The problem with mitt was his constant flip-flopping, which truthfully was unlike any flip-flopping we have ever seen. It may have been a result of trying to appease the crazy wing of the party. If he had been more consistent and spoken up on what he believed in he might have had a shot. His temperment and record as a bipartisan problem solver was frowned on by the crazy wing but that is exactly what would have made him a great president. The failure of mitt was a failure of the crazy wing of the republican party that has taken control of the party. The Mitt of pre 2012 was a solid effective republican leader and was so unlike the Mitt of 2012 that voters frowned upon.

madAsHell said...

...and was so unlike the Mitt of 2012 that voters frowned upon.

I think people are scared of Mormons for reasons I can't understand.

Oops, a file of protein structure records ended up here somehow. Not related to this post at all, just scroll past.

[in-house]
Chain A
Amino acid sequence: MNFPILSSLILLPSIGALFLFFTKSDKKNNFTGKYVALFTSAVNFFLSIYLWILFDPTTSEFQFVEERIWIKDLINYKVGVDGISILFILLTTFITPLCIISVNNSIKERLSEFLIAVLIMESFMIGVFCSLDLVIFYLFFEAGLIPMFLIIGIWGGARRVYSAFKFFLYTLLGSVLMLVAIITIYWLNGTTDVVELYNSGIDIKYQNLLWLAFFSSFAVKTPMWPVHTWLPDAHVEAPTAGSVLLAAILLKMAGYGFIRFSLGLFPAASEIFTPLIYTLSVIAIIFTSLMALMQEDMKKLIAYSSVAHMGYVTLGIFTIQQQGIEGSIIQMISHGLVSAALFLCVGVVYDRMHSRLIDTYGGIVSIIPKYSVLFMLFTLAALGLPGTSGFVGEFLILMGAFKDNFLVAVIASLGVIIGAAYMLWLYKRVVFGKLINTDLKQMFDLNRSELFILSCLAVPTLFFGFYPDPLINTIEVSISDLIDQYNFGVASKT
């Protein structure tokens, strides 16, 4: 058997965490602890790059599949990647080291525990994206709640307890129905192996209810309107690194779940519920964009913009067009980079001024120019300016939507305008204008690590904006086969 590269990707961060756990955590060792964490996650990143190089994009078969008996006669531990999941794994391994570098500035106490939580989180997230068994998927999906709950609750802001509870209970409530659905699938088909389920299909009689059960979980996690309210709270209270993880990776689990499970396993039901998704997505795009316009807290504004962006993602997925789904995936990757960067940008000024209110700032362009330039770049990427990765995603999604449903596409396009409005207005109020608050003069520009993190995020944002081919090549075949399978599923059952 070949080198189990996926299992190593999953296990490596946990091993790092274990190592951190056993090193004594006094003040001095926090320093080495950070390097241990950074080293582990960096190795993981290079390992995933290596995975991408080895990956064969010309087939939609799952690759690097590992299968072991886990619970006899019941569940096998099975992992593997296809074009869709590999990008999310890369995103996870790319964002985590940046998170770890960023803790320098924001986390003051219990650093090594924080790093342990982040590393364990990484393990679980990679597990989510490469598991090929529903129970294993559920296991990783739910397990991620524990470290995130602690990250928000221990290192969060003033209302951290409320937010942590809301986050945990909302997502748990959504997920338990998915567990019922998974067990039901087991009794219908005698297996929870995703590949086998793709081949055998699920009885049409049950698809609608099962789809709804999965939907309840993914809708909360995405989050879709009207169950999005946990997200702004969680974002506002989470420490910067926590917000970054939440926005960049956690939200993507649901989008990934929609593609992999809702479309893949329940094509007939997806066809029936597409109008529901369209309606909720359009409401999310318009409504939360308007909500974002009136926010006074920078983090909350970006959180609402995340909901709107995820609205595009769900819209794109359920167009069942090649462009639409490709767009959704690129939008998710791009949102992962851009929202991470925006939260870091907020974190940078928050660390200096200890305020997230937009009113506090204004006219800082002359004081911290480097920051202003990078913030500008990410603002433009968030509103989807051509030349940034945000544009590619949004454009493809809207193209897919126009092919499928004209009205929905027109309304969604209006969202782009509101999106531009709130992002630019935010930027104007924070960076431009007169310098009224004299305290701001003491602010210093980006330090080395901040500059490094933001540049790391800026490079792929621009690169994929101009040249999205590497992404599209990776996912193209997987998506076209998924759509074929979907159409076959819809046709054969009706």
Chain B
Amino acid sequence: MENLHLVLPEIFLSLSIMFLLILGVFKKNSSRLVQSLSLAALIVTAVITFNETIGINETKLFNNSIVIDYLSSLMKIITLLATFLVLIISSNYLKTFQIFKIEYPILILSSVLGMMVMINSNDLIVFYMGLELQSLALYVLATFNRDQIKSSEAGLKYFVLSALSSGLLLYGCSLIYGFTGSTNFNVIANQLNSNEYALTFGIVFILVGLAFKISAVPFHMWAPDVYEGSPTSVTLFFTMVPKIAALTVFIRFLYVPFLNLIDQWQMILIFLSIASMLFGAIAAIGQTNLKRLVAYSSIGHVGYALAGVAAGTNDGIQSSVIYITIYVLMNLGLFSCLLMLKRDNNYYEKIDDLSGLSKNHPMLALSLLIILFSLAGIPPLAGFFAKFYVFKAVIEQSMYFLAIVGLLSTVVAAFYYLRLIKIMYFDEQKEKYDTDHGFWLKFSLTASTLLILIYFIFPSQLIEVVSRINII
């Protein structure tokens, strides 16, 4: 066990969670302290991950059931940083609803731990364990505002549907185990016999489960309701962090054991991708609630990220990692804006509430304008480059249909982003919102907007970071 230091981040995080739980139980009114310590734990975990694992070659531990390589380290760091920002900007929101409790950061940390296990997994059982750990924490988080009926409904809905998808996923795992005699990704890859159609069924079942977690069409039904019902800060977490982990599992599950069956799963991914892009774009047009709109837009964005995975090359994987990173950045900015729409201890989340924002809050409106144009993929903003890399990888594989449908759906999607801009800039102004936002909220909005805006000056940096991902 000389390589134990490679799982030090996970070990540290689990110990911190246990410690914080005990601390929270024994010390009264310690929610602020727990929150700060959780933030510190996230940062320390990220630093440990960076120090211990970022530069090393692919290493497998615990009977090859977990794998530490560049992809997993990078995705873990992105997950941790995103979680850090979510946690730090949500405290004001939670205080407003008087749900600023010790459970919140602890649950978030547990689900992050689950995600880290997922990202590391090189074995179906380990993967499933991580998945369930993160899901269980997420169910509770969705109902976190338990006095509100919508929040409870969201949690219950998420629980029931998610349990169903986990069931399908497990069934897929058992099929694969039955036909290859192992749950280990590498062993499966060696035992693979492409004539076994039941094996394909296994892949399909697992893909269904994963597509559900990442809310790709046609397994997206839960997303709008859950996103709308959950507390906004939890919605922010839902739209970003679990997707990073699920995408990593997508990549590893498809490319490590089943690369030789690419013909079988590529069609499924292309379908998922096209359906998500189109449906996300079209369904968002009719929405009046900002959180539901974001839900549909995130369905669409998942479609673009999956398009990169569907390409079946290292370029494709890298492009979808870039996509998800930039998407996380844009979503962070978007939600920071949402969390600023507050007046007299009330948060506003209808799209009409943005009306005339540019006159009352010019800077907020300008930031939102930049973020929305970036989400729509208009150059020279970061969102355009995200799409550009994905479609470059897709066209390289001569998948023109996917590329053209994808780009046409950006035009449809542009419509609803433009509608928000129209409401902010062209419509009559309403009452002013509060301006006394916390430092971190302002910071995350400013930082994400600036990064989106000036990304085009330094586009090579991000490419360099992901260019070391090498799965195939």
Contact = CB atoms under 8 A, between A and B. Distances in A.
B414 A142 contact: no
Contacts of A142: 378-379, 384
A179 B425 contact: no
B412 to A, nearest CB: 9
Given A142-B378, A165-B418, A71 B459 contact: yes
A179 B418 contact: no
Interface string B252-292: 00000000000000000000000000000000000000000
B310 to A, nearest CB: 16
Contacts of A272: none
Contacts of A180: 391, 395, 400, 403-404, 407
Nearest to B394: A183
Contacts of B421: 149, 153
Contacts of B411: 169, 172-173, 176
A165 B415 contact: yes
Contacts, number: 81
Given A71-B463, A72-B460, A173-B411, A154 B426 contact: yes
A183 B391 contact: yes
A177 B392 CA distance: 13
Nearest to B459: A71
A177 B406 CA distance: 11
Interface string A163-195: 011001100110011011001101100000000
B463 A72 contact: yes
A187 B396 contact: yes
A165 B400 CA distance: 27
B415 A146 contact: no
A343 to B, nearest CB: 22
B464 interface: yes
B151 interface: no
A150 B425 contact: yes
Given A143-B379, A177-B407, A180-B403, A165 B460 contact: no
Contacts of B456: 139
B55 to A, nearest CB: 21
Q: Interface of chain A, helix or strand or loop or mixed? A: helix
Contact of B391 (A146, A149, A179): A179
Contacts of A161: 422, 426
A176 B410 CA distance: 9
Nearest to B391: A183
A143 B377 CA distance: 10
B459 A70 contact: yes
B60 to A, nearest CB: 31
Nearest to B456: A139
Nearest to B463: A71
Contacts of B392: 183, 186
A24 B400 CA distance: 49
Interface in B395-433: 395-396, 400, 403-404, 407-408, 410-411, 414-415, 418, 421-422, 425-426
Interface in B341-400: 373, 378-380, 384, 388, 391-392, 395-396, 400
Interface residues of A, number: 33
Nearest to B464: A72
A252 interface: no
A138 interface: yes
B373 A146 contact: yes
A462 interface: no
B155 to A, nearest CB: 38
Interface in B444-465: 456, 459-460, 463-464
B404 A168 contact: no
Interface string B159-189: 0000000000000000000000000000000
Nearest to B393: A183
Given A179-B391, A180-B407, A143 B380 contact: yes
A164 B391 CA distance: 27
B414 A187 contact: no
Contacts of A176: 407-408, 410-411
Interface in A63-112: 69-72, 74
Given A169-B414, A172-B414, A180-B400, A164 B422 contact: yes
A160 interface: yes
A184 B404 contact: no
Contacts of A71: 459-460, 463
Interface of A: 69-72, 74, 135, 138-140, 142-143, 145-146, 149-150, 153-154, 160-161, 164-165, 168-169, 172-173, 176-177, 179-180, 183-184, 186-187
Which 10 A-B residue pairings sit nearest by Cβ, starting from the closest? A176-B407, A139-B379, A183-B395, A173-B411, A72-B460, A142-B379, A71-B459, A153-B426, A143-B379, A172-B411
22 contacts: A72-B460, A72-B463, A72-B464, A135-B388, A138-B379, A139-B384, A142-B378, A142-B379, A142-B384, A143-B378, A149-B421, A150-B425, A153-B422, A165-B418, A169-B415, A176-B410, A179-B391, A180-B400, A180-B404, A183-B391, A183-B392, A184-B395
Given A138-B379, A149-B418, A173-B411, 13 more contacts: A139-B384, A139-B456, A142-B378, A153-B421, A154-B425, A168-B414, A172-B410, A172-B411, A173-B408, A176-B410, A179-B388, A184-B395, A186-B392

Yeah...I'd vote for Romney again.

Kirk Parker said...

Cliff,

You're right! The "crazy wing" has so totally taken over the Republican Party that they went and nominated... ... ... Mitt?

Cliff said...

Kirk Parker, that's a valid point. In my view, they nominated a different Mitt than the Mitt pre-2012. The Mitt they nominated was one that had contorted himself to positions contrary to his pre 2012 self in order to squeek by the actual crazies like Rick Santorum. It might be me as I grow older becoming less conservative, but I think the opposite is true - that the party has become crazier as I've aged. Rick Santorum came close to winning even though he is not what I would call a fiscal conservative, and non-crazy fiscal conservatives like Jon Hunstman have been shunned by the party. I think Mitt was a good, non-crazy conservative who was forced to turn himself into a nutbag to get the nomination. I will continue to fight for fiscal conservatism and responsible government even as it leaves the republican party. The democratic party has the mantle of fiscal responsibility at the moment- and being how they are not very responsible that is a bad thing for our country. The social crazies, like the Santorums and Huckabees need to be expelled from the republican party IMO. Otherwise we concede the mantle of responsible government to the democrats and that is absolutely the wrong thing for our country.